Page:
However, I presume many people attend their reunions only when things are going well, but they choose to stay at home when their lives aren’t going as planned. I suppose I can’t really blame them for not wanting to discuss an impending divorce, wayward children, or lack of employment with their estranged peers. I imagine class reunions are indeed a boasting contest, so who would want to make an appearance, with those kind of credentials, when there’d be absolutely no chance of winning. I would like to think if I were a Pulitzer Prize recipient, or a famous celebrity, I would not attend my reunions just the same. I’m not sure why I compare high school class reunions to that of other unpleasant situations like visiting the dentist or undergoing a colonoscopy.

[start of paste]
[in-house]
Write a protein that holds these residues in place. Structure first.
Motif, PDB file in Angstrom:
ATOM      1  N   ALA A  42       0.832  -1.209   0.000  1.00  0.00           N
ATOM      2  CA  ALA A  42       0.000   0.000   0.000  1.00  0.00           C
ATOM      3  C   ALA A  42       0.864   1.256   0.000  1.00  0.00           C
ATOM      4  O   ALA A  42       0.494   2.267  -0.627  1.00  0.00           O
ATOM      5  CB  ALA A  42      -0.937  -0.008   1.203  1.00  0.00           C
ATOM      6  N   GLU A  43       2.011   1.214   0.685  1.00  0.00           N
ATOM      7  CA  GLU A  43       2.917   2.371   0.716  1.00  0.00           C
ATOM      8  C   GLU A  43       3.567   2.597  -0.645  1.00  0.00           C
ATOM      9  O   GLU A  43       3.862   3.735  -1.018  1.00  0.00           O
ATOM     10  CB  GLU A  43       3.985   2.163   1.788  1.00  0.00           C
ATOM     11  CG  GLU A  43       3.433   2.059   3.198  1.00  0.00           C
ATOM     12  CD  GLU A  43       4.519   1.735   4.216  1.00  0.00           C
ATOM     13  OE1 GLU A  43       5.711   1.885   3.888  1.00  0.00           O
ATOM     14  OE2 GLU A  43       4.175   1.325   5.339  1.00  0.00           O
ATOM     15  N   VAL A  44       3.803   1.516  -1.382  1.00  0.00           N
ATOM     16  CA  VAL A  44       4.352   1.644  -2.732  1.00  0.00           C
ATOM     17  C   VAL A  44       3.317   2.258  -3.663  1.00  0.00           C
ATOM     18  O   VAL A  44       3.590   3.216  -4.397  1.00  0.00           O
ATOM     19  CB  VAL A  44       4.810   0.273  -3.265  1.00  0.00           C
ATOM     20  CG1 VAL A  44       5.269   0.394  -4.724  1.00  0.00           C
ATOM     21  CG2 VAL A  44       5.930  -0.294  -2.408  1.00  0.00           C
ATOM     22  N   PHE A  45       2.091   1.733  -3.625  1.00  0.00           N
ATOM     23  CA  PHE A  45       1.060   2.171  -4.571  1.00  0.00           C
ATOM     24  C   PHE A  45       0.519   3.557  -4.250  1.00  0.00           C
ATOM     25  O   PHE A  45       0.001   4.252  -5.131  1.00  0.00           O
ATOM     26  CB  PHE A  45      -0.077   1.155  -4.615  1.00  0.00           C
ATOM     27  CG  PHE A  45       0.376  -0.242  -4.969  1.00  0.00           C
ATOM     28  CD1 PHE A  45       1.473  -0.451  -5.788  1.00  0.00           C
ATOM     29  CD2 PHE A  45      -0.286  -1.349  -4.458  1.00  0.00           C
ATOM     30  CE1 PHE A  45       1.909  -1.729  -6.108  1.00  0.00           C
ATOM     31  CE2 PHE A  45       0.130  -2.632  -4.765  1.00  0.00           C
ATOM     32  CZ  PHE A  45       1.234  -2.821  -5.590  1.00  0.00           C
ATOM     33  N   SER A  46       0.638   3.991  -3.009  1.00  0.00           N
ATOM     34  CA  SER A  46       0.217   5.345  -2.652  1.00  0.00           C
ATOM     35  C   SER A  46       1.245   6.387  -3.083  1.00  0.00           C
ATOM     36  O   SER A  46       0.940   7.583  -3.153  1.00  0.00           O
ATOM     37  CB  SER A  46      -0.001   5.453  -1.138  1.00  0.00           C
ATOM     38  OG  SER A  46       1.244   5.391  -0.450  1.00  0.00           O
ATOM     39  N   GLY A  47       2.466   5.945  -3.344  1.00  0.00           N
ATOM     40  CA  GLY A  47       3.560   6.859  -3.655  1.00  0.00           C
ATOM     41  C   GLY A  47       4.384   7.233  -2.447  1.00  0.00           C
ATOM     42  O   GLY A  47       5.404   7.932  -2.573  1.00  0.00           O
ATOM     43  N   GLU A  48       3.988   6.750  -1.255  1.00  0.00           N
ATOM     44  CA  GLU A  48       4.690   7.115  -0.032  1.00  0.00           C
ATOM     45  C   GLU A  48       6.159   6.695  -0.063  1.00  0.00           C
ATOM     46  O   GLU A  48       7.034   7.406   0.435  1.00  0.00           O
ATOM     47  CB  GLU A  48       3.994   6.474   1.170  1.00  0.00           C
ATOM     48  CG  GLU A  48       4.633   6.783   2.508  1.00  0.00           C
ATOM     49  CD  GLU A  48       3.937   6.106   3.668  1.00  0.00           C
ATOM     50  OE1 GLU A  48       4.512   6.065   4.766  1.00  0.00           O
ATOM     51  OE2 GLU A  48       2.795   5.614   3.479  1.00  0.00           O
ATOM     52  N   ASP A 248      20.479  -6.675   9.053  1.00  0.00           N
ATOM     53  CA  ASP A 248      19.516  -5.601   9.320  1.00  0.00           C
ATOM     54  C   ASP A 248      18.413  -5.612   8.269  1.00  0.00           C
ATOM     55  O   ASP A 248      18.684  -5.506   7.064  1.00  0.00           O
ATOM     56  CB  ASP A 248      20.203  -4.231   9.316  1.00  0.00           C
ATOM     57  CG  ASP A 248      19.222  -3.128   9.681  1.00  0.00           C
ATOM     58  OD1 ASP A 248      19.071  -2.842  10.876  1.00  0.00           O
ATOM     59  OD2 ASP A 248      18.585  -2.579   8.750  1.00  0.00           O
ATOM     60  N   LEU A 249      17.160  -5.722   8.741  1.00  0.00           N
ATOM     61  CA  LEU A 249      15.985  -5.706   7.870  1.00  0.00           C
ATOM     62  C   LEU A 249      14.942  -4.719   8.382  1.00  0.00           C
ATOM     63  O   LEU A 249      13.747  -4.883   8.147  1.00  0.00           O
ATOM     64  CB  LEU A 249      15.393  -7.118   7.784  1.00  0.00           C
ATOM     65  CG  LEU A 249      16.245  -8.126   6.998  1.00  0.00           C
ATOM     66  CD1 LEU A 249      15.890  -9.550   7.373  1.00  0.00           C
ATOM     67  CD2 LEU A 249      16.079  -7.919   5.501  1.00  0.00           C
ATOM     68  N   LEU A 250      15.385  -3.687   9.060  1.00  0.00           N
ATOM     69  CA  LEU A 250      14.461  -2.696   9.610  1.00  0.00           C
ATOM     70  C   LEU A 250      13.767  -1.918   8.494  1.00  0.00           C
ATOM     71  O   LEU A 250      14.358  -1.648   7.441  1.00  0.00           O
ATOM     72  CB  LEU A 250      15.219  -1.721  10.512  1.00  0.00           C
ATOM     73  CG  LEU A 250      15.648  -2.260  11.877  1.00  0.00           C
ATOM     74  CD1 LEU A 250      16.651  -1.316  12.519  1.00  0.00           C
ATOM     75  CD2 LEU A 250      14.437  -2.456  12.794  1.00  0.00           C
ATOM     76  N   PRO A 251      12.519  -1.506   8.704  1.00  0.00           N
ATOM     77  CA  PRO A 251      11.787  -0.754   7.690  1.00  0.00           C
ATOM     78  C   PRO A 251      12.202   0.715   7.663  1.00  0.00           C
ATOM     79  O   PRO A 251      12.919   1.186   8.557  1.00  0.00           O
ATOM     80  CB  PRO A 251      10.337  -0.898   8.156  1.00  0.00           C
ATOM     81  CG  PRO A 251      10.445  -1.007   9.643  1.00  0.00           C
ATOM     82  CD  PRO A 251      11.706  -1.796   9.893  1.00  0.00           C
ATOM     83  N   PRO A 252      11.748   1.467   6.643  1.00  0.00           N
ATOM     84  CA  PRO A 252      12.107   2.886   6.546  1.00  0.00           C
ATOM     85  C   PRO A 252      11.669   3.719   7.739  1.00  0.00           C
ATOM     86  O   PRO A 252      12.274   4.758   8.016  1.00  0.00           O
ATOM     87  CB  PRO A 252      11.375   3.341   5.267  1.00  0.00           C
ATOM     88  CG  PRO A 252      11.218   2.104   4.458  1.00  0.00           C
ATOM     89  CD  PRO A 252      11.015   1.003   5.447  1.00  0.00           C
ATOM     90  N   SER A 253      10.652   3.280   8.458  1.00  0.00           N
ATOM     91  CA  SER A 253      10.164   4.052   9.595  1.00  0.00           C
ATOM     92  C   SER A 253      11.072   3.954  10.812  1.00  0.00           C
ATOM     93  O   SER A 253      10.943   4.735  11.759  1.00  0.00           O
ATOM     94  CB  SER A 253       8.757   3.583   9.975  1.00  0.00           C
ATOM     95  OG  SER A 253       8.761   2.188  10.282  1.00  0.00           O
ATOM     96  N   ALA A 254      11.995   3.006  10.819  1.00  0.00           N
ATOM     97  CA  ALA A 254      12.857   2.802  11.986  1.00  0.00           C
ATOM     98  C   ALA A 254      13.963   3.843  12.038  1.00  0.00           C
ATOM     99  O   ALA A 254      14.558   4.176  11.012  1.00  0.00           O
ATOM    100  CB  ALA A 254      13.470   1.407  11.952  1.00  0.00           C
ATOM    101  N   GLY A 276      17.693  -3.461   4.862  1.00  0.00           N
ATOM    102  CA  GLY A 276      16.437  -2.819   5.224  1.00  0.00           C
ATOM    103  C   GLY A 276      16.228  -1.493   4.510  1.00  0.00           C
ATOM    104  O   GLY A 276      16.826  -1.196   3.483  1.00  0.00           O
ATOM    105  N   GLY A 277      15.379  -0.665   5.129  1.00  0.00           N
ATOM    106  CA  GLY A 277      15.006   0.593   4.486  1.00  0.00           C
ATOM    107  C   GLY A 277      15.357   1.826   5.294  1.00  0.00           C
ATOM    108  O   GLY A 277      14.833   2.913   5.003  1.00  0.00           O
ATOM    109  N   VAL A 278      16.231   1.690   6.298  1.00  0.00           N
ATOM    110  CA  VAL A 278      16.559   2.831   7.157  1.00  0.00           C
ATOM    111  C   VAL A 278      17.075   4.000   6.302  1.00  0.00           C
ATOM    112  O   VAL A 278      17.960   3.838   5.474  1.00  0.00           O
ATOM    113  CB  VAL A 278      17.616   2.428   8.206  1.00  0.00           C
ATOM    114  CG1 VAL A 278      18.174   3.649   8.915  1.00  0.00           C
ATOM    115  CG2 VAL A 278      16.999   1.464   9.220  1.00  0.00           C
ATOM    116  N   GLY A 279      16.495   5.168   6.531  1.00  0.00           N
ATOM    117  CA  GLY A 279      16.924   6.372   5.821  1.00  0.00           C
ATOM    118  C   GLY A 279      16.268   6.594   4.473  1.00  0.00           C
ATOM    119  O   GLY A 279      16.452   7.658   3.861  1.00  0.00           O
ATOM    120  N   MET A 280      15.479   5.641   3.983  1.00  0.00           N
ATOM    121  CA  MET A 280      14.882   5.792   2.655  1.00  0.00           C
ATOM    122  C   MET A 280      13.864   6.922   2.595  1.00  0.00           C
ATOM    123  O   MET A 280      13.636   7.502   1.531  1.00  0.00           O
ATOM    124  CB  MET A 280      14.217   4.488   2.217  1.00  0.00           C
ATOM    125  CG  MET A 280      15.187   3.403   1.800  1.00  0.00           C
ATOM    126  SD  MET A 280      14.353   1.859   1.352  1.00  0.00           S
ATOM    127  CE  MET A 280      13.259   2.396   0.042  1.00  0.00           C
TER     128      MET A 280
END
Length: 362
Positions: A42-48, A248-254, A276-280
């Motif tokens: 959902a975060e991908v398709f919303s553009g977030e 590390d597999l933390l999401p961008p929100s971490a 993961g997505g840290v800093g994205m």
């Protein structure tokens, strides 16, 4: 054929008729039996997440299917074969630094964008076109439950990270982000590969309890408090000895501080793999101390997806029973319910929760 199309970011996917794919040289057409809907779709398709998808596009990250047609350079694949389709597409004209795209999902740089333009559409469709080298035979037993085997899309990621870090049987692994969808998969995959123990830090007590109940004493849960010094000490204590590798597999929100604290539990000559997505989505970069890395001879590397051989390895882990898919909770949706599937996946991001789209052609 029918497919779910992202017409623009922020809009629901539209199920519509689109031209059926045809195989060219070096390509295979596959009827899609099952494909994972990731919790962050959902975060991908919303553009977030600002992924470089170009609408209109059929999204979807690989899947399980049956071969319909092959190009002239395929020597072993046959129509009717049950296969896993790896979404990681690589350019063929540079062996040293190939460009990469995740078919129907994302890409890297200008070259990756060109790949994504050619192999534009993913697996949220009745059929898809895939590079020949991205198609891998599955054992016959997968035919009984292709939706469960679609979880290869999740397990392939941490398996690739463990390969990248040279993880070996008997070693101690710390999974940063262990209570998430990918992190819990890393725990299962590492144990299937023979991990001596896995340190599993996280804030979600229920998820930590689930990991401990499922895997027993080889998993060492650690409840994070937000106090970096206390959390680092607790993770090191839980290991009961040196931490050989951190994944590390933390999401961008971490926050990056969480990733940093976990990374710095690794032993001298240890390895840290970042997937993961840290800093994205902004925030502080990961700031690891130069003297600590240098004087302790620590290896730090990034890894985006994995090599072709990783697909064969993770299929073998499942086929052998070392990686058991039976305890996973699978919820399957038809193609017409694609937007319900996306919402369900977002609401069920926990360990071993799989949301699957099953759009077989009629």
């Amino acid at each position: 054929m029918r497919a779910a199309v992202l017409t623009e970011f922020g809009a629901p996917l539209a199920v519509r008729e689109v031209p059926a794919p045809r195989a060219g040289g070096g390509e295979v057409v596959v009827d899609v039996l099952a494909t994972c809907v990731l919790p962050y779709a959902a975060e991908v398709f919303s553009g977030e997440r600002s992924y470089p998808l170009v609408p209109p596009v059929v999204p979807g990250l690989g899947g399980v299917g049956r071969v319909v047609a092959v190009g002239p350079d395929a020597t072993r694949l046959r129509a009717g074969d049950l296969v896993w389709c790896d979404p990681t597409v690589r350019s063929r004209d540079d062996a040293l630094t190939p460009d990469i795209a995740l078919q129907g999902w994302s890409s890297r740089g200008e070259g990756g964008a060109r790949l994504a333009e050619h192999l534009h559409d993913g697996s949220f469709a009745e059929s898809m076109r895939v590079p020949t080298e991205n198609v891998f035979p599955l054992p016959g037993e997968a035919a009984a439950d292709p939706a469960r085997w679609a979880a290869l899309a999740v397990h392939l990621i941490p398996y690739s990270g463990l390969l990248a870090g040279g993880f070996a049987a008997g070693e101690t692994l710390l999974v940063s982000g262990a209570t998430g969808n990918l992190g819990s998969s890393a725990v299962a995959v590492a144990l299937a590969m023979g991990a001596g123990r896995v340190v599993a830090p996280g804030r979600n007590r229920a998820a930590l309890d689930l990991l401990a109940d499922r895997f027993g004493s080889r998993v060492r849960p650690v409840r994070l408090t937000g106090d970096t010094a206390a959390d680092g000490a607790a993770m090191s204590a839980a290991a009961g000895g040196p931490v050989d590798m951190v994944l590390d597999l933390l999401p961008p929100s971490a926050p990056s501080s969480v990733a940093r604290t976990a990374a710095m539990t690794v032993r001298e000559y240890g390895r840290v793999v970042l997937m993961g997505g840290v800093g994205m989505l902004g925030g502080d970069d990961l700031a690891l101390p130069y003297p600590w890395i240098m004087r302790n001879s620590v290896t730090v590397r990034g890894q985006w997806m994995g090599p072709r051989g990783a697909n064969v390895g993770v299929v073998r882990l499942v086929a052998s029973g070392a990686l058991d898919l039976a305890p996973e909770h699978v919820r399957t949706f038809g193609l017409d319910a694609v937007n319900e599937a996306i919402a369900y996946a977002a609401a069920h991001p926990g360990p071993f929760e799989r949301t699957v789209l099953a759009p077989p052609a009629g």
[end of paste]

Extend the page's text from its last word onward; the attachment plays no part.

My aloof attitude towards reunions may have something to do with the numerous personalities I assuredly would be forced to endure at such a gathering. I purposely aim to spend my time around those whose company I truly enjoy, and I’m positive that would not be the case amid a sea of former classmates. I can barely fathom rekindling a friendship with my former best friend, during our sophomore year of high school, even though at one time we were inseparable. We were baseball teammates, partied together on the weekends, and enjoyed much of the same kind of music (Rush, Journey, and Styx). We had even formed a rock and roll band (mostly imaginary), but then my buddy fell hard and fast, to the lifestyle of a typical rock star, after discovering marijuana.